Checklist to proceed to the next step

  1. Community agrees to release
  2. Community selects a Release Manager

1. Prepare for the release

Before your first release, you should perform one-time configuration steps. This will set up your security keys for signing the release and access to various release repositories.

To prepare for each release, you should audit the project status in the JIRA issue tracker, and do necessary bookkeeping. Finally, you should create a release branch from which individual release candidates will be built.

NOTE: If you are using GitHub two-factor authentication and haven’t configure HTTPS access, please follow the guide to configure command line access.


Please have these credentials ready at hand, you will likely need to enter them multiple times:

One-time setup instructions


You need to have a GPG key to sign the release artifacts. Please be aware of the ASF-wide release signing guidelines. If you don’t have a GPG key associated with your Apache account, please create one according to the guidelines.

There are 2 ways to configure your GPG key for release, either using release automation script(which is recommended), or running all commands manually.

Use preparation_before_release.sh to setup GPG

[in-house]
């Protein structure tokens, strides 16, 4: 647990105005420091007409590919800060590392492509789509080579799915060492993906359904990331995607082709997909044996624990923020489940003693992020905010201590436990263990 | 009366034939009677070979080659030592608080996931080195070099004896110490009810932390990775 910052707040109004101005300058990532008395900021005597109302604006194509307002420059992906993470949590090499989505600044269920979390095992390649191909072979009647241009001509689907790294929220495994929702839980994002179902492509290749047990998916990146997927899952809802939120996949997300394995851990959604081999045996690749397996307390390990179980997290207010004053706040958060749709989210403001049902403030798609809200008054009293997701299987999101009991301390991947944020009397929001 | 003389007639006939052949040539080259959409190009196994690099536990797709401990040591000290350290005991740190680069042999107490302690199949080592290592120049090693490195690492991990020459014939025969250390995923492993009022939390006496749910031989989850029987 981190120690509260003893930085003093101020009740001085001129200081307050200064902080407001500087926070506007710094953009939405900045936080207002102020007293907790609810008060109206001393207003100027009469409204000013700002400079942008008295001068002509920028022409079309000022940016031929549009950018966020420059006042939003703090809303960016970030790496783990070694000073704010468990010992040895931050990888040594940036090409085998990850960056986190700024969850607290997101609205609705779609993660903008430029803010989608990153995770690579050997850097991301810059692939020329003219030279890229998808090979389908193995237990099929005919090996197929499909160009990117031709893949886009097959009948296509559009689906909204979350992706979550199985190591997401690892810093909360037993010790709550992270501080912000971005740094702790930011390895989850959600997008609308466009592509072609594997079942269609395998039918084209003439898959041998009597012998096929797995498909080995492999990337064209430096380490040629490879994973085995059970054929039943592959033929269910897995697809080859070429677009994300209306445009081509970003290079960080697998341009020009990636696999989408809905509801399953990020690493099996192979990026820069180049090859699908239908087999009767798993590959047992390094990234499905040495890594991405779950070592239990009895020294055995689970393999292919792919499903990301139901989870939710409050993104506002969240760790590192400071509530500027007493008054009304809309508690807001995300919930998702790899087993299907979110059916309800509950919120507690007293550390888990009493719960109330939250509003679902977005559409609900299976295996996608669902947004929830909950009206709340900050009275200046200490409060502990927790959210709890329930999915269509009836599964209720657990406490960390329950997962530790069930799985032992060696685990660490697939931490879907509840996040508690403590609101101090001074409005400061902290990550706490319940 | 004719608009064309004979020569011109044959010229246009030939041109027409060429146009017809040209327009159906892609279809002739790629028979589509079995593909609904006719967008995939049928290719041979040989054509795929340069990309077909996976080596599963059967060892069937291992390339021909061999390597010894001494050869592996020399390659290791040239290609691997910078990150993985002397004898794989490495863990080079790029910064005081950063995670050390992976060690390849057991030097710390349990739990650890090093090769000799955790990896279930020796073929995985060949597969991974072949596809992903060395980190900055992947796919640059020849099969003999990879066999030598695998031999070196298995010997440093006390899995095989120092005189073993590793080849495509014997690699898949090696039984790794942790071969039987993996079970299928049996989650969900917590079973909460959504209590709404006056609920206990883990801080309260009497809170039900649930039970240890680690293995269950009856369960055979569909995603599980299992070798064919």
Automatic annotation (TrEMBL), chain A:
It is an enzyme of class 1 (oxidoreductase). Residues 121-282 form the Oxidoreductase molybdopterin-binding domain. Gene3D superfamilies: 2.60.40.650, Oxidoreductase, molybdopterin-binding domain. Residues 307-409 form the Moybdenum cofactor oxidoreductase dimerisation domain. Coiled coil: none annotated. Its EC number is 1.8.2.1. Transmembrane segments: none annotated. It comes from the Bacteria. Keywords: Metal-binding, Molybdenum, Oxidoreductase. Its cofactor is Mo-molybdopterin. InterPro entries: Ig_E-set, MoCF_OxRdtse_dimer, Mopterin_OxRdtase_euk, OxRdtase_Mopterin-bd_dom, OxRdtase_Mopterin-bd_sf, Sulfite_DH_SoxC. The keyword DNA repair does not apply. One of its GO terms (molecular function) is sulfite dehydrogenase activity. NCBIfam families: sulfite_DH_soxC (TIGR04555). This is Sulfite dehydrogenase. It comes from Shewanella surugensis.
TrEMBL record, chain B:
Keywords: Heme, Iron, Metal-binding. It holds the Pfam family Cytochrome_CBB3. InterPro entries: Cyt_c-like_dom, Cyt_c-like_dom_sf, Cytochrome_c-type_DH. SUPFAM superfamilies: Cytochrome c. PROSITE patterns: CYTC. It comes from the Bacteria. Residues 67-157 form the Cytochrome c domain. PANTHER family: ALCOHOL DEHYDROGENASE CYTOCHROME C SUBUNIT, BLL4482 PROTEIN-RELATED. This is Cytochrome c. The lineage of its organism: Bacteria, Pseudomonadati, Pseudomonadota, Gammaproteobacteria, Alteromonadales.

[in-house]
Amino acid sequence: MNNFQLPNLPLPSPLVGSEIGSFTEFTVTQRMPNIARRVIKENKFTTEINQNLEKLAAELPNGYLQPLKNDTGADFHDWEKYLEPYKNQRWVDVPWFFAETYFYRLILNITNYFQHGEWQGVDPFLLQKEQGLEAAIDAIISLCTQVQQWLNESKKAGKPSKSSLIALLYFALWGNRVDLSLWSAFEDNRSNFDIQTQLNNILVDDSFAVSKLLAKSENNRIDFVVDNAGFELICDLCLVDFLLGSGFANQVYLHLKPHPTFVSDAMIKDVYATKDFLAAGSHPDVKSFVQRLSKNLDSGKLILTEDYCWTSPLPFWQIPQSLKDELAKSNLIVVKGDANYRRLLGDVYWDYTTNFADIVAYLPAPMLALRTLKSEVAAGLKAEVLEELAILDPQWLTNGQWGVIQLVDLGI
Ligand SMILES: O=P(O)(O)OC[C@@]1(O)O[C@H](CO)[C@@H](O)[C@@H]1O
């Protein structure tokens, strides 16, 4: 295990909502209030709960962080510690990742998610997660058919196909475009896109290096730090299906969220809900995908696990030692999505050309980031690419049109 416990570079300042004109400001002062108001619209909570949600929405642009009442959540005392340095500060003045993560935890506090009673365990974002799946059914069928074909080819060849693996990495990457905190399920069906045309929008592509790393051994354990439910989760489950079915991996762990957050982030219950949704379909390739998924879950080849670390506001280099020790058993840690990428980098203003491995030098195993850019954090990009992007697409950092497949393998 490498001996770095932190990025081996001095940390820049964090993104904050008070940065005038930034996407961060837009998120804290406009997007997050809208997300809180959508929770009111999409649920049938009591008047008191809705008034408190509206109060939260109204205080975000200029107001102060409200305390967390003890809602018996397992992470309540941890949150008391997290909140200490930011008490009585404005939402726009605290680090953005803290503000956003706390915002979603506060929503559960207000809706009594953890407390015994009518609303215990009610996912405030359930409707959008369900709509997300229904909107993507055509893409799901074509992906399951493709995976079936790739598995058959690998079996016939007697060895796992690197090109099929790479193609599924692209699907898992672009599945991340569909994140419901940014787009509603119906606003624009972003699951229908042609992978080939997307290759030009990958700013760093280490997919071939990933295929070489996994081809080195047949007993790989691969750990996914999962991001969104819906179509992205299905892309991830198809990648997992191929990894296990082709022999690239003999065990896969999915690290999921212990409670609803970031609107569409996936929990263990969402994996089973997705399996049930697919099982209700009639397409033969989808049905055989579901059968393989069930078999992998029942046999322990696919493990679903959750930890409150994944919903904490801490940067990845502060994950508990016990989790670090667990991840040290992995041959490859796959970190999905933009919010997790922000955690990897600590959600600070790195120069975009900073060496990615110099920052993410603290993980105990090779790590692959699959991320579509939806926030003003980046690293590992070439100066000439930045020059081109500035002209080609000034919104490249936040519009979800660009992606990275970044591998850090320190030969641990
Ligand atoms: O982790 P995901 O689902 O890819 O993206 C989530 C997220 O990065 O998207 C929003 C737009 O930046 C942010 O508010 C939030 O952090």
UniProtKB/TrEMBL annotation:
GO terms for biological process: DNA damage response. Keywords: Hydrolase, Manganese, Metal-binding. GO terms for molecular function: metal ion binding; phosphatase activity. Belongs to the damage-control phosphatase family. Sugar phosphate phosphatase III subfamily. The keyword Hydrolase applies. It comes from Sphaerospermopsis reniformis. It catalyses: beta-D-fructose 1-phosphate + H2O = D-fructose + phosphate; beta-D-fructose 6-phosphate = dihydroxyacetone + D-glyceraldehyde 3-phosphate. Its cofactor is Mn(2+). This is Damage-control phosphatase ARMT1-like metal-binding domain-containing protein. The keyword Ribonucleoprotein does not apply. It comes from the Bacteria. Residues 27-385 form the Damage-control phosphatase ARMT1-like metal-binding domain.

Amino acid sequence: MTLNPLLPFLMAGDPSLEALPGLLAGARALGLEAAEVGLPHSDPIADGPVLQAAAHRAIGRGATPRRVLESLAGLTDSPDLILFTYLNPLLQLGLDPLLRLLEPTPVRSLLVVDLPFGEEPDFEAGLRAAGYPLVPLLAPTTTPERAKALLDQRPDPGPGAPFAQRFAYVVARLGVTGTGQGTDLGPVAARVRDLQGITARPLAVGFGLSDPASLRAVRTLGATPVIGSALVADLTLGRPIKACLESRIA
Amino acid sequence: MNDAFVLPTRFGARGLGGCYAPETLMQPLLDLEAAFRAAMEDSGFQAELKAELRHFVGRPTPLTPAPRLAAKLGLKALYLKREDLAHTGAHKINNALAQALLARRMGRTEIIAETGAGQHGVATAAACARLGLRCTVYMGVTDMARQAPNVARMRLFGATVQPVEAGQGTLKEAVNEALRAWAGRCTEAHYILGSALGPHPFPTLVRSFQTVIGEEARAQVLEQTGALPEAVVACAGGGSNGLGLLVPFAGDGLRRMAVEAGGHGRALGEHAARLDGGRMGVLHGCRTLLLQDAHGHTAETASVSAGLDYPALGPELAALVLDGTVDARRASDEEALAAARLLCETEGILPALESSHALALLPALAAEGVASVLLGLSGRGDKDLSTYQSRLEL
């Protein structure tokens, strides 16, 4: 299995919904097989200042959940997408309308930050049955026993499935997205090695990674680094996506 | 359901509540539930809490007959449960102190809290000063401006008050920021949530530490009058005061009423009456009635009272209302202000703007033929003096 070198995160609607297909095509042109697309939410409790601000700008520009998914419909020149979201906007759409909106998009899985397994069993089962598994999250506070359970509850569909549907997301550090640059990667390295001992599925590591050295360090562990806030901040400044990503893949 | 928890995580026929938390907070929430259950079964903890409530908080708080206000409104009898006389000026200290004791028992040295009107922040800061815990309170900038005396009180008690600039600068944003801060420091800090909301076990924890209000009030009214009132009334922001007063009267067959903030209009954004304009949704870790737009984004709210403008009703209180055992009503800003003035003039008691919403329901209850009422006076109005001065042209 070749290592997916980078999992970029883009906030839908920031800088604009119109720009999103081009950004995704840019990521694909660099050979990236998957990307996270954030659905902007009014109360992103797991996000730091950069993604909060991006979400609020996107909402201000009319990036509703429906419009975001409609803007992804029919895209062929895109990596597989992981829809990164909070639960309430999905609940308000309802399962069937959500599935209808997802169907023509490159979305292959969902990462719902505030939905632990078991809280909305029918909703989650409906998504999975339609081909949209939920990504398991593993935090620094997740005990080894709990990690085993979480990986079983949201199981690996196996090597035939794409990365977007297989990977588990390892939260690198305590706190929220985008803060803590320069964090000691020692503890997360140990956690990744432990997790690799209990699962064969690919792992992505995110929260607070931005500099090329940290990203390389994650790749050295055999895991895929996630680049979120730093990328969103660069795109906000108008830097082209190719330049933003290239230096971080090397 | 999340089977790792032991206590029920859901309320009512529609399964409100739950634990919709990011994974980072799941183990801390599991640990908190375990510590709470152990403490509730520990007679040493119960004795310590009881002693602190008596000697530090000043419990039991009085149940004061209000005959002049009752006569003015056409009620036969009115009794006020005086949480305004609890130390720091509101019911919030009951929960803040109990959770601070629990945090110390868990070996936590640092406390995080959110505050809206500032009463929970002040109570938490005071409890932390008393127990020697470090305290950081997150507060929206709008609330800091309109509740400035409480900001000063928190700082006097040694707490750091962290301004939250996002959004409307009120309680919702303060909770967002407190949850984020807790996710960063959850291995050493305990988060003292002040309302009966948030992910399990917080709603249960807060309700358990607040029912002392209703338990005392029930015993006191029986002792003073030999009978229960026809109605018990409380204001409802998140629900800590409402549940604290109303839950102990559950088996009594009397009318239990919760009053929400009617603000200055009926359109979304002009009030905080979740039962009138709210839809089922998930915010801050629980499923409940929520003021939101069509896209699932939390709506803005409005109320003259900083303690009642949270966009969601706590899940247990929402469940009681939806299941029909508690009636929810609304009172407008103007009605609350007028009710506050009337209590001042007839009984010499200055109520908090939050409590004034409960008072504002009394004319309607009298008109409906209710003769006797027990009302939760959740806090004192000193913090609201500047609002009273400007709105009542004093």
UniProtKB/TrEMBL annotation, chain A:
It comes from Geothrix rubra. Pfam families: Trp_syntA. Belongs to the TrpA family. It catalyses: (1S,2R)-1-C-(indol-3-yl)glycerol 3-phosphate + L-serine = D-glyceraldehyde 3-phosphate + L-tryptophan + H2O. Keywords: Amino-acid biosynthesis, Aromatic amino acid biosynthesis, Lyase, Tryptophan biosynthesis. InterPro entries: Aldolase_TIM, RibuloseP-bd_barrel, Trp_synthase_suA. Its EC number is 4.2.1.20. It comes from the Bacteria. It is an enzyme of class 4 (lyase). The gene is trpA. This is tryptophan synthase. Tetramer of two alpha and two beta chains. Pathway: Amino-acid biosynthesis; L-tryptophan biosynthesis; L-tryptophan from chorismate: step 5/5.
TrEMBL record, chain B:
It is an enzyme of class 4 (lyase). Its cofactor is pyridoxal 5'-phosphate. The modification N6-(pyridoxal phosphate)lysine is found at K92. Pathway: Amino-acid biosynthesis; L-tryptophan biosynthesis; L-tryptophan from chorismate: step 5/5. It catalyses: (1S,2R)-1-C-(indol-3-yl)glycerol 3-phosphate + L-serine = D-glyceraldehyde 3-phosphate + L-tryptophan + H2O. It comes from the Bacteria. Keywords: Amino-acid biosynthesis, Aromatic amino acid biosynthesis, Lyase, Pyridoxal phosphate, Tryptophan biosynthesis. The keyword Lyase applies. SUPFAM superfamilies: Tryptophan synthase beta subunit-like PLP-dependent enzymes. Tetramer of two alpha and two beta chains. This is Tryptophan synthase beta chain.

NOTE: When generating the key, please make sure you choose the key type as RSA and RSA (default) and key size as 4096 bit.

Run all commands manually

Access to Apache Nexus repository

Configure access to the Apache Nexus repository, which enables final deployment of releases to the Maven Central Repository.

  1. You log in with your Apache account.

  2. Confirm you have appropriate access by finding org.apache.beam under Staging Profiles.

  3. Navigate to your Profile (top right dropdown menu of the page).

  4. Choose User Token from the dropdown, then click Access User Token. Copy a snippet of the Maven XML configuration block.

  5. Insert this snippet twice into your global Maven settings.xml file, typically ${HOME}/.m2/settings.xml. The end result should look like this, where TOKEN_NAME and TOKEN_PASSWORD are your secret tokens:

     <!-- make sure you have the root `settings node: -->

Submit your GPG public key into MIT PGP Public Key Server